21. Myth 8Starting a business is risky and often ends in failure This statement is undoubtedly true in many instances. Some studies have indicated that upward of 80% of new business start-ups fail within their first five years. However, success tends to be more common than failure for higher-potential ventures because they tend to be directed by talented and experienced people able to attract the right personnel and the necessary financial and other resources. Owning your own business is a competitive game, and entrepreneurs have to be prepared to fail or have difficulties occasionally. Businesses fail but entrepreneurs do not. Many well-known entrepreneurs experience failure, sometimes several times, before achieving success.

  22. Myth 9Money is the most important ingredient for success If the other important elements and the people are there, the money tends to follow. But it is not true that entrepreneurs are assured of success if they have enough money. Money is ONE of the important ingredients of new venture success; not the ONLY ingredient!

  23. Myth 10New business start-ups are for the young and energetic While youth and energy may help, age is absolutely no barrier to starting a business of your own. However, many people feel there is some threshold for an individual’s perceived capacity for starting a new venture. Over time you gain experience, competence, and self-confidence. These factors increase your capacity and readiness to embark on an entrepreneurial career. At the same time, constraints such as increases in your finances and other obligations grow and negatively affect your freedom to choose. The trade-offs between individual readiness and these restraints typically result in most high-potential new businesses being started by entrepreneurs between the ages of 25-40.

  24. Myth 11Entrepreneurs are motivated solely by their quest for the almighty dollar Growth-minded entrepreneurs are more driven by the challenge of building their enterprise and long-term capital appreciation than by the instant gratification of high salary and other rewards. Having a sense of personal accomplishment and achievement, feeling in control of their own destiny, and realizing their vision and dreams are also powerful motivators. Money is viewed principally as a tool and a way of “keeping score.”

  25. Myth 12Entrepreneurs seek power and control over other people so that they can feel “in charge” Successful entrepreneurs are driven by the quest of responsibility, achievement, and results rather than for power for its own sake. They thrive on a sense of accomplishment and of outperforming the competition, rather than a personal need for power expressed by dominating and controlling other people. They gain control by the results they achieve.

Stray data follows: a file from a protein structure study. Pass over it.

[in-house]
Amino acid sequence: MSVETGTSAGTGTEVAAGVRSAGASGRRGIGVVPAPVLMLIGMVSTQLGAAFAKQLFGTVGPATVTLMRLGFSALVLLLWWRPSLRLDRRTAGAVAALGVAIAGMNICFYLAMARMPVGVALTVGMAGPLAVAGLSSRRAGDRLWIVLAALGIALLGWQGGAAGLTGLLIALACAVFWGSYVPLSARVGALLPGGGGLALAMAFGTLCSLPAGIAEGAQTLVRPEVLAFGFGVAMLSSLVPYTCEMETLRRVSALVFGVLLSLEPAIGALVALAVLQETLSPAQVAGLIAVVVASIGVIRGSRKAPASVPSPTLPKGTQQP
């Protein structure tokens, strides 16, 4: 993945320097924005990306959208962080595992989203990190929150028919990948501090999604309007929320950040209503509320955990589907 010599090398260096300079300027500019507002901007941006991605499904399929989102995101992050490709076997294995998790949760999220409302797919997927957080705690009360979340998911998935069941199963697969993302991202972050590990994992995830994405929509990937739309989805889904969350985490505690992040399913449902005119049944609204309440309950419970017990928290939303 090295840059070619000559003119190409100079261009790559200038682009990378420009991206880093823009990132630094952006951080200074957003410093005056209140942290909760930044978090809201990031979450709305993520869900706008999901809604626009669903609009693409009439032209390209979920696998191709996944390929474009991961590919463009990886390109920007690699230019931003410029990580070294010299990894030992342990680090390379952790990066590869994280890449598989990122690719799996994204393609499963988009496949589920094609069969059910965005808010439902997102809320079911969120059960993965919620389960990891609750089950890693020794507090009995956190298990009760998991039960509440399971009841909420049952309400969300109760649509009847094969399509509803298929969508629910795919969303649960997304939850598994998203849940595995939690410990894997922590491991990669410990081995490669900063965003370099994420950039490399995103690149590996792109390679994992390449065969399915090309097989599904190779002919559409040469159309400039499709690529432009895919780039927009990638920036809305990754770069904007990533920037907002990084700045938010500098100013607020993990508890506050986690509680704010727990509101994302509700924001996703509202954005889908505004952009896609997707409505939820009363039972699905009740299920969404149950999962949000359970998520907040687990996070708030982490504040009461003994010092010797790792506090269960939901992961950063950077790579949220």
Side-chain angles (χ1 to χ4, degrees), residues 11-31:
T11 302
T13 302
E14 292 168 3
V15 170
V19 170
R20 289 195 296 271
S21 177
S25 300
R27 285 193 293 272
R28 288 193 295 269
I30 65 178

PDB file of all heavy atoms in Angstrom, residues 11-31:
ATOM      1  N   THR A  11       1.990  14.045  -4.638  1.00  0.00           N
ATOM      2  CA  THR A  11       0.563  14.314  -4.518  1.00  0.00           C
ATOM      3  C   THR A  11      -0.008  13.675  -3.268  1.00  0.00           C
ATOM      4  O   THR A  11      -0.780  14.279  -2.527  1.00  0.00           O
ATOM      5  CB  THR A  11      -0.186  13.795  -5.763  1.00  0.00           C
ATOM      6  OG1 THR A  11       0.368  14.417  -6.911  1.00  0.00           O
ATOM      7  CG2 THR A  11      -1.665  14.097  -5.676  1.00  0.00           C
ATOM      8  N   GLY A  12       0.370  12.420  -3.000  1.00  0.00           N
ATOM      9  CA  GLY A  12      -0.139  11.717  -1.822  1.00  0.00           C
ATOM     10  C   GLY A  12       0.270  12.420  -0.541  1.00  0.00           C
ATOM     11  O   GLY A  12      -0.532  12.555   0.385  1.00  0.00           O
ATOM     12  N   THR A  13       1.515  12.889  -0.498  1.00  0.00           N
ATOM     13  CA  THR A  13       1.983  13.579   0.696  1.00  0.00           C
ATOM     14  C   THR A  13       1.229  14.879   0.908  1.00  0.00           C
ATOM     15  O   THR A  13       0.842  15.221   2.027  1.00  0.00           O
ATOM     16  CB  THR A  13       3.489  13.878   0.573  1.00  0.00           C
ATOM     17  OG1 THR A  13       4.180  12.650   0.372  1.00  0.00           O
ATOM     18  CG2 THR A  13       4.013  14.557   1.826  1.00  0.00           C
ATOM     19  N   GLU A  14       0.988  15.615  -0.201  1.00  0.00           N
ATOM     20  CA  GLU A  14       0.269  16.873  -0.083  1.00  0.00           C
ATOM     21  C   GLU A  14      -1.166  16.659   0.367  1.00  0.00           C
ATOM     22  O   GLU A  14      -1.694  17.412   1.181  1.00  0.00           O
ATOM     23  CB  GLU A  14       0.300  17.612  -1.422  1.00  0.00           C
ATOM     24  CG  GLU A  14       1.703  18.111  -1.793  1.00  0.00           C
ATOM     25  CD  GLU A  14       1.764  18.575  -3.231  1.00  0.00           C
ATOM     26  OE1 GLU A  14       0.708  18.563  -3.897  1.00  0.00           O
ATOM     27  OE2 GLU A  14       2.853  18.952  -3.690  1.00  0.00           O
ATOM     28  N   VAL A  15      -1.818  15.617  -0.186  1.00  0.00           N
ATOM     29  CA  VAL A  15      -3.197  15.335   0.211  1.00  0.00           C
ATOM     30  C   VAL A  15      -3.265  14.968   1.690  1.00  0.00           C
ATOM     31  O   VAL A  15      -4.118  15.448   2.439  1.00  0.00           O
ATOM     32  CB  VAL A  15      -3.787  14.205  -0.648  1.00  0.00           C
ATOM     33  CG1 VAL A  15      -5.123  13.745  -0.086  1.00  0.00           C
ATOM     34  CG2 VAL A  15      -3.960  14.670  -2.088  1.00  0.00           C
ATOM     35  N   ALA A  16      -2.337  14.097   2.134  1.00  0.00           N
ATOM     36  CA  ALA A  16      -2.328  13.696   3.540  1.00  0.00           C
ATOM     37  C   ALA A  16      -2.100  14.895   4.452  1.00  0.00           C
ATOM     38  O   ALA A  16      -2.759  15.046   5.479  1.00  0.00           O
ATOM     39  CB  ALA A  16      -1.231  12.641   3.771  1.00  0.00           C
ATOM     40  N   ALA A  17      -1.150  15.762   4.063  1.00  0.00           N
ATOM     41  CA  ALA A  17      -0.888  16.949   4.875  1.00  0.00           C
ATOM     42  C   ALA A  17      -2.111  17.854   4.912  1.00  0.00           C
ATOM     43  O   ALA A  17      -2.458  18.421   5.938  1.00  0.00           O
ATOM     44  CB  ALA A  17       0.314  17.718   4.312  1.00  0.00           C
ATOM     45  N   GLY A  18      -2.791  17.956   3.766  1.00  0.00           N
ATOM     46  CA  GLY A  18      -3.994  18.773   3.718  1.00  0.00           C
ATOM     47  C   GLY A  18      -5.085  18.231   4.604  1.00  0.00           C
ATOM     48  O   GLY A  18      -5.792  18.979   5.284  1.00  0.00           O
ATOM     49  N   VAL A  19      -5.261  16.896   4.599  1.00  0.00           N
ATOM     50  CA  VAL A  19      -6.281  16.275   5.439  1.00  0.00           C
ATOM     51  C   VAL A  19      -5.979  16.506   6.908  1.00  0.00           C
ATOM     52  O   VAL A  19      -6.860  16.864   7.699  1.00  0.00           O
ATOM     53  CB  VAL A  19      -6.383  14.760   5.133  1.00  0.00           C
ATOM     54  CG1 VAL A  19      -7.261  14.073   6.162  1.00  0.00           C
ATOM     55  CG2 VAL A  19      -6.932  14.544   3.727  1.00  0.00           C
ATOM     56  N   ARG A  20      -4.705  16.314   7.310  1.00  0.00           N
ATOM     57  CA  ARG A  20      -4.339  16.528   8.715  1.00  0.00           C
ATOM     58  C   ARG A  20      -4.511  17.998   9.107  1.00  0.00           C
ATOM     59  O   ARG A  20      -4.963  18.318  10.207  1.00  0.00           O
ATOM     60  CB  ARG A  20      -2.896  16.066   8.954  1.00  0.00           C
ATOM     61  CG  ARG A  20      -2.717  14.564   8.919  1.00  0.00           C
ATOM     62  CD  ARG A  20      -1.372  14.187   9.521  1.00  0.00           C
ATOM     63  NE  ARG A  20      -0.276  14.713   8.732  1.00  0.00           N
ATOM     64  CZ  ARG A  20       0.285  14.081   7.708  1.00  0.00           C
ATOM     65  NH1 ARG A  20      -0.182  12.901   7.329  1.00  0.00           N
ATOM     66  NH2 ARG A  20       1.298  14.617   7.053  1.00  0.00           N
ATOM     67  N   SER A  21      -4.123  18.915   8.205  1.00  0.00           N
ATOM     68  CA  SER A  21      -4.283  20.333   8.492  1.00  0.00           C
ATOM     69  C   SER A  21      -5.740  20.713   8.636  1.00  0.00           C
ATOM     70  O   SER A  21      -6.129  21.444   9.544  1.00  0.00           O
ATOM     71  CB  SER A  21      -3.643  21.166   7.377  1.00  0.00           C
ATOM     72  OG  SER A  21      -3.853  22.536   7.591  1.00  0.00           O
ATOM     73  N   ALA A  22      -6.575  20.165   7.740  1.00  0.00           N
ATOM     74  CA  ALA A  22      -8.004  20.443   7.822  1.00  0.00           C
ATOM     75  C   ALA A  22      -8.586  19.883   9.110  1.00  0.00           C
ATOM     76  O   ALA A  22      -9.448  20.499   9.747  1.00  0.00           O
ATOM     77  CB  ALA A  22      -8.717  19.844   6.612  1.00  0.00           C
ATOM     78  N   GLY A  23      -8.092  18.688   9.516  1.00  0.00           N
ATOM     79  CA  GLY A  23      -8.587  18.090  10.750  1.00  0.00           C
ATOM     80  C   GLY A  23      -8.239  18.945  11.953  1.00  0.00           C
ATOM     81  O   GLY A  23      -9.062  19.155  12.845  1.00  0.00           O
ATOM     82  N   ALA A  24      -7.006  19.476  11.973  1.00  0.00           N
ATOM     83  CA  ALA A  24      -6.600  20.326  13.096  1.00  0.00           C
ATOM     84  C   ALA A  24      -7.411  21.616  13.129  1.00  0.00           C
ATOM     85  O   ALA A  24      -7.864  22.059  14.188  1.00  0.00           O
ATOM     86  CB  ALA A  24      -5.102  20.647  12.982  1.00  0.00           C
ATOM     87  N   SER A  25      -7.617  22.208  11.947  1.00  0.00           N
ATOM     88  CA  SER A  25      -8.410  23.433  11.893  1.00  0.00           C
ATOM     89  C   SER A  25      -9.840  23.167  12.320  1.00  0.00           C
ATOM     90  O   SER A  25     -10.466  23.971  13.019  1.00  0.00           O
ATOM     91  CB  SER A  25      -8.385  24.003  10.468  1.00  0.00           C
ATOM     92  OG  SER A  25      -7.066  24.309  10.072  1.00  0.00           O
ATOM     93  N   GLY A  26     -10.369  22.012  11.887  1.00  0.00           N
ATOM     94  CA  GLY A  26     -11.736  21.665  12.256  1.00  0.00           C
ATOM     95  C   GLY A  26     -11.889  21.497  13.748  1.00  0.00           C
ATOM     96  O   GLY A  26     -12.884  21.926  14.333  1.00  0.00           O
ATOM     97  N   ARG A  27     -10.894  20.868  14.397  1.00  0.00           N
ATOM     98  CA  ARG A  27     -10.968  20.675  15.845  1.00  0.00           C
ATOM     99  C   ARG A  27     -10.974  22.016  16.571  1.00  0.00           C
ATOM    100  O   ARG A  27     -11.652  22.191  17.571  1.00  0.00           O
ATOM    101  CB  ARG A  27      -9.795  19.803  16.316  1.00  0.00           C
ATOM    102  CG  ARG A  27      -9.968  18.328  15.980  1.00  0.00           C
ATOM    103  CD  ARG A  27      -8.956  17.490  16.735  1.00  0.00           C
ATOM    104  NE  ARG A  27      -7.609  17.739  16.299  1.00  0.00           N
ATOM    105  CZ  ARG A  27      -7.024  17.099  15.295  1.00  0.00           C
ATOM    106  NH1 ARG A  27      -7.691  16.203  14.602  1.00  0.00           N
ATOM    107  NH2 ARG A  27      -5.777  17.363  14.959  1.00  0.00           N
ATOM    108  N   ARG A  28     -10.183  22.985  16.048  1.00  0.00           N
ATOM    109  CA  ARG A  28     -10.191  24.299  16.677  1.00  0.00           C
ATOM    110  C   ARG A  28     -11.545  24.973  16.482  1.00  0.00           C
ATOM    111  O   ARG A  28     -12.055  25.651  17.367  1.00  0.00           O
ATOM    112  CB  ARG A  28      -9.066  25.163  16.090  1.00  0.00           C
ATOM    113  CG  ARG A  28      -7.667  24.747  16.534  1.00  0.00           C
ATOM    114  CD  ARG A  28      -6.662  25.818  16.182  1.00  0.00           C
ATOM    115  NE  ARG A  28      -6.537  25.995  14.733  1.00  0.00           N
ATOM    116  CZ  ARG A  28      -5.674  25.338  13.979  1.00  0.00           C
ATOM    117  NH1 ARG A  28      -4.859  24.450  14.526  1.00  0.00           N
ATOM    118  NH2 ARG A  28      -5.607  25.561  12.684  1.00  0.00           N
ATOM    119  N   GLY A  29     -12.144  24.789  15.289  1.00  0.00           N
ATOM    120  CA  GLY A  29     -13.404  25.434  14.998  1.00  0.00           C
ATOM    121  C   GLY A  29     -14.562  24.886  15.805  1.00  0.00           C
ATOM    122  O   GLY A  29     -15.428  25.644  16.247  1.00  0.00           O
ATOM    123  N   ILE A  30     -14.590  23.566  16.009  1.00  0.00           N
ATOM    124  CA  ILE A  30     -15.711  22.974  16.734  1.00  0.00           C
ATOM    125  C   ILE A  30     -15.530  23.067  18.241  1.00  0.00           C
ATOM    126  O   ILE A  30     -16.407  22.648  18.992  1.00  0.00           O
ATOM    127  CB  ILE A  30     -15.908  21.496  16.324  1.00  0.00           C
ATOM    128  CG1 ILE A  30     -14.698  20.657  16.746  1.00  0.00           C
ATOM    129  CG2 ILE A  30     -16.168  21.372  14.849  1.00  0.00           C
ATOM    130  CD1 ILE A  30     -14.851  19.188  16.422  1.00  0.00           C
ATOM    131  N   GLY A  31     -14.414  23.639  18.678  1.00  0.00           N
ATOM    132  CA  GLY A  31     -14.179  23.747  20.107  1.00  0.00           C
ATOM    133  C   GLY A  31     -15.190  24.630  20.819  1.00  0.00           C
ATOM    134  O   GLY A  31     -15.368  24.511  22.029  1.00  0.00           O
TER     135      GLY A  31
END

26. So… Is your definition or “picture” of an entrepreneur clearer now? It should be since you now know what entrepreneurs are NOT! Often it is easier to define something by what it is NOT than what it actually IS!

  27. Keep those myths in mind and be able to explain them!

  28. 13 Reasons WhySmall Businesses Fail Poor cash flow management Absence of a reliable hiring system and a lack of understanding of how to hire, retain, and motivate the right people for the right job Absence of performance monitoring and lack of understanding or use of performance monitoring information Poor debt management: a combination of not paying their debts on time and not coordinating payments with incoming cash flows

  29. Over borrowing; the company is excessively leveraged and debt is not being reduced Excessive reliance on a few key customers Poor market research leading to an inaccurate understanding of the market’s wants and needs Lack of financial planning or planning in general Failure to innovate

  30. Poor inventory management Poor communications throughout the business Failure to recognize their own strengths and weaknesses Trying to go it alone; attempting to do everything themselves and not seek external help

  31. The Entrepreneur in Me Answer the questions as honestly as you can. What do you love to do? What do you want your day to look like? What do you do in your spare time? What do others know you for? What would others say about you? When have you taken a risk in the past? What makes you proud?